Groupthink Makes Navies Stupid

October 27, 2017 Topic: Security Region: Americas Tags: MilitaryTechnologyWarNavyNaval War College

Groupthink Makes Navies Stupid

"Want an intellectually inert U.S. Navy, Marine Corps, and Coast Guard? Fine: stifle the free interplay of ideas and views on campus, and within the sea."

John Stuart Mill’s renowned essay On Liberty constitutes a fixture in debates about the virtues of freethinking, and justly so. Fittingly, Mill couches his brief on behalf of the free interchange of ideas in terms of right and wrong. Underneath the moral argument, though, he pushes the utilitarian argument that squelching speech denies both speaker and listeners—indeed, humanity as a whole—the benefit of hearing dissenting views:

the peculiar evil of silencing the expression of an opinion is, that it is robbing the human race; posterity as well as the existing generation; those who dissent from the opinion, still more than those who hold it. If the opinion is right, they are deprived of the opportunity of exchanging error for truth: if wrong, they lose, what is almost as great a benefit, the clearer perception and livelier impression of truth, produced by its collision with error.

Quite so. Quashing correct faculty views would deny the U.S. Navy leadership the opportunity to mend its errors. Quashing views that are partially correct would deny the leadership the opportunity to sift through them, extracting the correct bits and amending policy or official views by increments. And quashing wholly errant views would deny the service the chance to confirm its practices by exposing them to contending—albeit false—opinions.

So even loopy ideas are worth hearing, if only to reaffirm the wisdom of accepted practices. Even Anderson’s vacuous claim that NWC faculty should side with the navy or Pentagon, hold their tongues, or risk being fired adds value to the conversation.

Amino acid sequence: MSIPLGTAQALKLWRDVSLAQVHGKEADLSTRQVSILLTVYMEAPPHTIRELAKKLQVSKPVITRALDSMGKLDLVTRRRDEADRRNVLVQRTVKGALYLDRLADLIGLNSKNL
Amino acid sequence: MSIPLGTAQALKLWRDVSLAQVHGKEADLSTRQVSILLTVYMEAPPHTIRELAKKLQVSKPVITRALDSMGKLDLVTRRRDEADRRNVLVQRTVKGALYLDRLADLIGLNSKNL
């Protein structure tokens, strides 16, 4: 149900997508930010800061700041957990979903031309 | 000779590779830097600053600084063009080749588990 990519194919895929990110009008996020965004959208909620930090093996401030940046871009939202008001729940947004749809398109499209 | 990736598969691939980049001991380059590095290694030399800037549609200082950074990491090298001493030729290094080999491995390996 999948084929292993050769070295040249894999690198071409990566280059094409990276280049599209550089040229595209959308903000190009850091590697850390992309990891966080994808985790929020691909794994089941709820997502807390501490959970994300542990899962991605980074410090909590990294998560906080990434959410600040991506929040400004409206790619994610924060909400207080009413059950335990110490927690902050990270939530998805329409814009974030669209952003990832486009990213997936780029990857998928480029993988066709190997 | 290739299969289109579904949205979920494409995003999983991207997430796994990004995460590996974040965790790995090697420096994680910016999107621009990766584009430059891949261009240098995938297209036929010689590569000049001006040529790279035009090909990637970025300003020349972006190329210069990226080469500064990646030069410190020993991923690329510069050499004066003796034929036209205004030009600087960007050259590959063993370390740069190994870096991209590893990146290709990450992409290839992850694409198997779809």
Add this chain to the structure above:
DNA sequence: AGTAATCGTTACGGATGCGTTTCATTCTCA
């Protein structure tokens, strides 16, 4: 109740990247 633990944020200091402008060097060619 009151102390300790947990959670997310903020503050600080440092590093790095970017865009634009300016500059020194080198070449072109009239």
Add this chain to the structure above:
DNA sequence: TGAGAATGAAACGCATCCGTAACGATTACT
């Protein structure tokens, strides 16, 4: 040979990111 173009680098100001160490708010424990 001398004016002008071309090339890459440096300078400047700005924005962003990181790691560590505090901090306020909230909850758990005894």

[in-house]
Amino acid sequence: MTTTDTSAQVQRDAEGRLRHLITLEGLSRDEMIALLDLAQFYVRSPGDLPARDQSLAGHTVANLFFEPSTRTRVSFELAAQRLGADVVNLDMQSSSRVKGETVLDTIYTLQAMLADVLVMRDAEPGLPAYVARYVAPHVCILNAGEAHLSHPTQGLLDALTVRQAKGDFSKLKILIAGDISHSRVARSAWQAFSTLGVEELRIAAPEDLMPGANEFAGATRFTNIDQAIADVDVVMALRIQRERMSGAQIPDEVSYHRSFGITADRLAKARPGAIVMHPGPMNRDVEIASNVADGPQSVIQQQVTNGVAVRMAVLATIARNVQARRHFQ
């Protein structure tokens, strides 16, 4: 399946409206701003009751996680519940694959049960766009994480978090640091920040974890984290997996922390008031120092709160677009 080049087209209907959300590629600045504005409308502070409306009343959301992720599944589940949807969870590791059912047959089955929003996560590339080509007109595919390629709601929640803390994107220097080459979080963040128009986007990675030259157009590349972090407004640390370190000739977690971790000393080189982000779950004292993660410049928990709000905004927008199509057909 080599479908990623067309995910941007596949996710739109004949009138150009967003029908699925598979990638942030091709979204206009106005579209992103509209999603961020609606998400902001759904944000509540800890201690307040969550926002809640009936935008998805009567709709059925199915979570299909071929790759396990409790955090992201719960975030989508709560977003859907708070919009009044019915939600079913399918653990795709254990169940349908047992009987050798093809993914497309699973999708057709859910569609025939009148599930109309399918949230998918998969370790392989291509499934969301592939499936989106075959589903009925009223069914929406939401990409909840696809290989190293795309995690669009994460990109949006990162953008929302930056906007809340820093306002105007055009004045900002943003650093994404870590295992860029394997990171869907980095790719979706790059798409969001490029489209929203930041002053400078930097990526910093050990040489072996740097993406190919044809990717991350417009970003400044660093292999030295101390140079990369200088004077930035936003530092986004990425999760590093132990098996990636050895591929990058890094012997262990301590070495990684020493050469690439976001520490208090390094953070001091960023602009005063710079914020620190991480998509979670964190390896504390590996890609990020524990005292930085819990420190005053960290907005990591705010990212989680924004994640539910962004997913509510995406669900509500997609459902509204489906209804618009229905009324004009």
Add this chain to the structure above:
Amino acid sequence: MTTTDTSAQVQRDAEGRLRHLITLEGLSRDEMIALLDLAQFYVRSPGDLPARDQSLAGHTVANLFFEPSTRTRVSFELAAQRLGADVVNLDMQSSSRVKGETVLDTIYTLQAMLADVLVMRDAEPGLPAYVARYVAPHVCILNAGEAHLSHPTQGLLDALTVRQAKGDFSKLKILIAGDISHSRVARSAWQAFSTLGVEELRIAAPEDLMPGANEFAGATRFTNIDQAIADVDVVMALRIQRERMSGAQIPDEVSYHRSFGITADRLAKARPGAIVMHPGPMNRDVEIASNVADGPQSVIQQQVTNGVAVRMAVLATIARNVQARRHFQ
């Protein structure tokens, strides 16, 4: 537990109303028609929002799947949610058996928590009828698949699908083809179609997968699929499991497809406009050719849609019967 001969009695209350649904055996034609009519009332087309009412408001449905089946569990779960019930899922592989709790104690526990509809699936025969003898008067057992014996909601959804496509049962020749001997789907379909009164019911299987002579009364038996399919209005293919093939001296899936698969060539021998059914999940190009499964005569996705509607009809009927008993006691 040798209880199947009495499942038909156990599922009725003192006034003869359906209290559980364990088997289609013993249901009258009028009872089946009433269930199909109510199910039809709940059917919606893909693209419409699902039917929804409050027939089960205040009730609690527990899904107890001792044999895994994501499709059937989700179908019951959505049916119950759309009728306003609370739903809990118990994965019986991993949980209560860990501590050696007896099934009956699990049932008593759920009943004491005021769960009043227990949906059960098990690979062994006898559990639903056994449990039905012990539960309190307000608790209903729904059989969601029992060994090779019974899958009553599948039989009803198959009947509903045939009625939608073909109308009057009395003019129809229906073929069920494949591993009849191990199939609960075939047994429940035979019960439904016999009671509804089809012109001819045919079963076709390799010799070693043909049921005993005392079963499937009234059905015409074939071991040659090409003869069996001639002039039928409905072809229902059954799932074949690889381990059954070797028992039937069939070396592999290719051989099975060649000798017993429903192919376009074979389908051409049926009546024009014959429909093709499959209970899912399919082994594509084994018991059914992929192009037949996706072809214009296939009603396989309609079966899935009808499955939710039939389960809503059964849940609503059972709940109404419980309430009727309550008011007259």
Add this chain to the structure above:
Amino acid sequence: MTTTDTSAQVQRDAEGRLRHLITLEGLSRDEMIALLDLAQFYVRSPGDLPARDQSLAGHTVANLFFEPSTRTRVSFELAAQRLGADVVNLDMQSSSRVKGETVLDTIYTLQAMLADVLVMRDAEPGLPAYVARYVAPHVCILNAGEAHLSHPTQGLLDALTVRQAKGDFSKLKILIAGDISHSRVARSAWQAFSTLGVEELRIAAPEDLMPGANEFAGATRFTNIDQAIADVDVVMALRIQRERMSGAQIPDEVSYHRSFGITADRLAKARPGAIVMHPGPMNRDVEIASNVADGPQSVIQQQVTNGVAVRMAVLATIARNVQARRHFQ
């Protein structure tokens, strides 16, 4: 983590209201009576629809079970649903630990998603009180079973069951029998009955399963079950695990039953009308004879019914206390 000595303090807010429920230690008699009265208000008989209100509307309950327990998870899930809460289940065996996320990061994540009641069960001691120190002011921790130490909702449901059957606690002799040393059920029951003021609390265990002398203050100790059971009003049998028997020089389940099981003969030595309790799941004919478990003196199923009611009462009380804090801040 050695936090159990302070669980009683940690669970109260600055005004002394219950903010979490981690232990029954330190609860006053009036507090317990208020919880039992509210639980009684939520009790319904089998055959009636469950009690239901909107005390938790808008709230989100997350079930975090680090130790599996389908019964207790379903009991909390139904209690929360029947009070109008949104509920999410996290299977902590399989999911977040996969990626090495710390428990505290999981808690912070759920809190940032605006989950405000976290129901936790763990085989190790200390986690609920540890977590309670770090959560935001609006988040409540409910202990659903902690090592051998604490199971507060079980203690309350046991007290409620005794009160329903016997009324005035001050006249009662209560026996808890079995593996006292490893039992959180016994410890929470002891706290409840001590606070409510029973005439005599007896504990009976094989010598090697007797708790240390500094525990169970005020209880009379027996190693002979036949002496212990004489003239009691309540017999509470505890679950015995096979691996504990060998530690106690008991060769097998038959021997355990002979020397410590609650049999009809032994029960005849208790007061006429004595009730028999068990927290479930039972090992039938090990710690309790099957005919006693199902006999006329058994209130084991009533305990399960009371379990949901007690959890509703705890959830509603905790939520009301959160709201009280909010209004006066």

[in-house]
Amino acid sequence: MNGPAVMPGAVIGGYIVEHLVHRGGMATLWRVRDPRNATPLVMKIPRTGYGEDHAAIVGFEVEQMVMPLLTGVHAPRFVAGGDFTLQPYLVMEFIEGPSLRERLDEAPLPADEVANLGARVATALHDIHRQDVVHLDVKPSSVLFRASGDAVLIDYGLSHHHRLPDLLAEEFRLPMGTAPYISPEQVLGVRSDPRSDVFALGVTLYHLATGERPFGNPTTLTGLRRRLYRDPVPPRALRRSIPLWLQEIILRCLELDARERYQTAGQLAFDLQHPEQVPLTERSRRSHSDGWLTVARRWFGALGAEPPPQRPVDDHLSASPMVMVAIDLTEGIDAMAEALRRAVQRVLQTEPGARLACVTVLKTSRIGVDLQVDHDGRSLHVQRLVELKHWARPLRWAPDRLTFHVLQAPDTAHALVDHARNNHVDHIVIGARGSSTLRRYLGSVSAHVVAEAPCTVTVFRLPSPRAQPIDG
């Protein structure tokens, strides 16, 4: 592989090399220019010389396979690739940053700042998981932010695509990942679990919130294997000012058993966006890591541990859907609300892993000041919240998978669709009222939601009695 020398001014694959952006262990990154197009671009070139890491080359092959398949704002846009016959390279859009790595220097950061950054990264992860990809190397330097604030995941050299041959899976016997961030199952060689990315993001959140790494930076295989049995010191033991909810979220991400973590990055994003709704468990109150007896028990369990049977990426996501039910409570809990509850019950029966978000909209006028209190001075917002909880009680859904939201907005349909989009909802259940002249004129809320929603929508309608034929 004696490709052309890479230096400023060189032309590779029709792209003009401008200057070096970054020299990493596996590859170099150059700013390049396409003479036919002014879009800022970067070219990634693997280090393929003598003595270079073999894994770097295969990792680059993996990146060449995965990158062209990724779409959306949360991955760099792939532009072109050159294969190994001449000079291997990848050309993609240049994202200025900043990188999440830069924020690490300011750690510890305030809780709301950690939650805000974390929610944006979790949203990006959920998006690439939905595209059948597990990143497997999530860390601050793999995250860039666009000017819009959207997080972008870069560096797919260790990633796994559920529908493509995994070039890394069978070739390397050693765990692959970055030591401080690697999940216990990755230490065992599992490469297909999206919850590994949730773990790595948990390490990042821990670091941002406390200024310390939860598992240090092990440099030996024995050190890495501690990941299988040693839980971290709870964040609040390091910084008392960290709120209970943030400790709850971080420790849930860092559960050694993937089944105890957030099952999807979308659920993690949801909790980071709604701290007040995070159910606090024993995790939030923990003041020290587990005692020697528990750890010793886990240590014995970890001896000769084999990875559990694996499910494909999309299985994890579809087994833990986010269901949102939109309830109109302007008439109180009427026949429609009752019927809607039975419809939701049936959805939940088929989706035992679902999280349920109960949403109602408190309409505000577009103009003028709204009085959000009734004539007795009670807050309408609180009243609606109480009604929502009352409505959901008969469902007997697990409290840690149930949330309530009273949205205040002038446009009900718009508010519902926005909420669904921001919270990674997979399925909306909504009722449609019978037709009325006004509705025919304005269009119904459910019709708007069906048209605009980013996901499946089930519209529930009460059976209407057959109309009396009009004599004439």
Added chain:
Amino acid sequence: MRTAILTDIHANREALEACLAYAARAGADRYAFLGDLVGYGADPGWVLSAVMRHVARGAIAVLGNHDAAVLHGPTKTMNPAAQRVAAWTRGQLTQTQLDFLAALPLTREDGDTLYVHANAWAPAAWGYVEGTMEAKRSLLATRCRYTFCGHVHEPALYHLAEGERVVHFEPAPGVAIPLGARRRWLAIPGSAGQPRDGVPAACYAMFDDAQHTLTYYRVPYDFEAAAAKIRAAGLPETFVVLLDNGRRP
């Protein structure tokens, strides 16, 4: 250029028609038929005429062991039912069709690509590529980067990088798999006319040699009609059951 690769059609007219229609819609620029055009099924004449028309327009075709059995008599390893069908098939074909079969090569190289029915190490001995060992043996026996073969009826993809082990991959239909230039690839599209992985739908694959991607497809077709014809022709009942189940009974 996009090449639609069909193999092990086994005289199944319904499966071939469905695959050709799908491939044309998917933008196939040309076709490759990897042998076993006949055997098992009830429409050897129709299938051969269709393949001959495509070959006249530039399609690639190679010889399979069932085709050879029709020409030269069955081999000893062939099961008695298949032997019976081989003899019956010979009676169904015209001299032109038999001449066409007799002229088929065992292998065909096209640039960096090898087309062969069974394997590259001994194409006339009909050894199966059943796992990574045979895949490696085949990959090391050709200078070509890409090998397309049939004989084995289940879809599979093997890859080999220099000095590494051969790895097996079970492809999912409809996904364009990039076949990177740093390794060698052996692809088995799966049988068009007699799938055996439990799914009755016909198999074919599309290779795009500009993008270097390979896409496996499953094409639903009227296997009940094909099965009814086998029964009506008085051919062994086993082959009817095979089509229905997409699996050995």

Yale psychologist Irving Janis transposes Mill’s logic to organizational settings, where groupthink—a term he coined in the 1970s—is apt to prevail. Janis points out that the pressure to conform to the consensus view can be intense in group settings. Partisans of the consensus try to cajole a dissenter into joining it, then ostracize him if he persists with his heresy. Add career incentives and disincentives to group dynamics—awards and promotions, rebukes and penalties of all sorts—and you only amplify the pressure on outliers to conform.

In turn you impoverish debate over proper courses of action. Hierarchical military institutions are especially prone to groupthink—which is why the Pearl Harbor attack and Cuban Missile Crisis figure prominently among the cases Janis proffers as evidence.

He confesses that groupthink is an Orwellian term with an “invidious connotation” reminiscent of Big Brother’s doublethink and crimethink. The 1984 tie-in is deliberate. “Groupthink,” he declares, “refers to a deterioration of mental efficiency, reality testing, and moral judgment that results from in-group pressures.” In short, groups find themselves estranged from reality when group members think in unison. Nor do such groups adapt easily when reality changes around them.

Groupthink is not something you want more of.

Janis’s prescription? That group leaders appoint a “devil’s advocate” to every group charged with making and executing decisions. The advocate deploys his utmost ingenuity to scuttle the consensus view—even if he doesn’t believe his own advocacy. Wise leadership makes that person’s career incentives contingent on executing the adversarial function with verve.


The U.S. Navy and Defense Department are in luck. They already have standing devil’s advocates in their employ, namely the faculty of the Naval War College and kindred educational institutions. All the military leadership needs to do is get out of the way and let the professoriate follow its natural instinct to critique officialdom. In so doing it will enliven debates over policy, strategy, and force design—and Janis and Mill will smile.

Want an intellectually inert U.S. Navy, Marine Corps, and Coast Guard? Fine: stifle the free interplay of ideas and views on campus, and within the sea services as a whole. Good luck when you square off against a freethinking antagonist.

James Holmes is Professor of Strategy at the Naval War College, coauthor of Red Star over the Pacific (second edition forthcoming 2018), and, he hopes, a progressive outside-the-box thinker. The views voiced here are his alone.

Image: PACIFIC OCEAN (Aug. 21, 2017) Sailors observe a refueling-at-sea with the guided-missile destroyer USS Sampson (DDG 102) from the hangar bay of the aircraft carrier USS Theodore Roosevelt (CVN 71). U.S. Navy photo by Mass Communication Specialist 3rd Class Alex Perlman/Released. Flickr / Official U.S. Navy Page


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